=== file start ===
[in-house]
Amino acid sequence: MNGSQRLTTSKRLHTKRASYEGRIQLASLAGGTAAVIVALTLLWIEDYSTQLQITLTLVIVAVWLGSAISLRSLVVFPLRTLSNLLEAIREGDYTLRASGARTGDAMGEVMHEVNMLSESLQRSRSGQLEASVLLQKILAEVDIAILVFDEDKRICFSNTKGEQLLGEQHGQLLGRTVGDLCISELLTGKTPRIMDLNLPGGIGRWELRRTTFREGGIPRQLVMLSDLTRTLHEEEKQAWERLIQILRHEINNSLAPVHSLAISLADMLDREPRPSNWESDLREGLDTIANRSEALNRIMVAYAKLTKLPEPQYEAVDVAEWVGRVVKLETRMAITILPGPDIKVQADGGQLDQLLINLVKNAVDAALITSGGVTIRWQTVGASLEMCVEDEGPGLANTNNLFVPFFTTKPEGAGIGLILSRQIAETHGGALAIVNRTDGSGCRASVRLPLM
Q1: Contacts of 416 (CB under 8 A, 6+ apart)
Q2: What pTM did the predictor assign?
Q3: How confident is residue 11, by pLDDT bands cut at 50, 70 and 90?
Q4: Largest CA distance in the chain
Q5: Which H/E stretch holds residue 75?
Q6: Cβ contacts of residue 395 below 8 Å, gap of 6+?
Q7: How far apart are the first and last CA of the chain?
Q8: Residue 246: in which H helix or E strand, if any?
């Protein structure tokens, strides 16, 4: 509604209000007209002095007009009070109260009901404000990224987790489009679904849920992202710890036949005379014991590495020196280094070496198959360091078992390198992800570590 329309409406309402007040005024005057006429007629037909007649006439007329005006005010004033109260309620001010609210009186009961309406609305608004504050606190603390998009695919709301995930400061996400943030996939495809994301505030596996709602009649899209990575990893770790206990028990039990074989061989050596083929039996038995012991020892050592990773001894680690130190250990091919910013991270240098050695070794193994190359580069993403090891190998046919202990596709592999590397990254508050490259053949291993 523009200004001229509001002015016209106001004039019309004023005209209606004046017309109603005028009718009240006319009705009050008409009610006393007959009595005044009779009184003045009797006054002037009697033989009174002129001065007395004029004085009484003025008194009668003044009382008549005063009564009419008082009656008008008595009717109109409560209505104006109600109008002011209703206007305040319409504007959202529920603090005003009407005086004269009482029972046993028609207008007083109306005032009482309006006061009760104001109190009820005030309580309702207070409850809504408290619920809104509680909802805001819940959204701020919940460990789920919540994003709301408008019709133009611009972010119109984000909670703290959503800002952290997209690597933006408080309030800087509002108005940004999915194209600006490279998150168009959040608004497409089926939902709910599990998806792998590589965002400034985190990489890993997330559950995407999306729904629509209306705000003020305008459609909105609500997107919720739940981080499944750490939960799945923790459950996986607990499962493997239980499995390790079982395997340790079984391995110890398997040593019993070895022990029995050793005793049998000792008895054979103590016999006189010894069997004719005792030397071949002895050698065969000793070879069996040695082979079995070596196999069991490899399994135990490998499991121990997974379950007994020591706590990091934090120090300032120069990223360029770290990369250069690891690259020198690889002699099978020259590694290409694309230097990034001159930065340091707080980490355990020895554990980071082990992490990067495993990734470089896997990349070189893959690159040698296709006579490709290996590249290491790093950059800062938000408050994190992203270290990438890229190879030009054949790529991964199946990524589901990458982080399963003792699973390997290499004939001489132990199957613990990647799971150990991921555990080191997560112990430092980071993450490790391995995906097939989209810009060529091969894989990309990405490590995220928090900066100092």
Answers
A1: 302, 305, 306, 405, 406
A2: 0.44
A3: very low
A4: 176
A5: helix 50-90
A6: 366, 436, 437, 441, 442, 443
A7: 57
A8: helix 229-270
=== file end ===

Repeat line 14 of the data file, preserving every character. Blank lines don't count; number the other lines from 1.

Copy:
A2: 0.44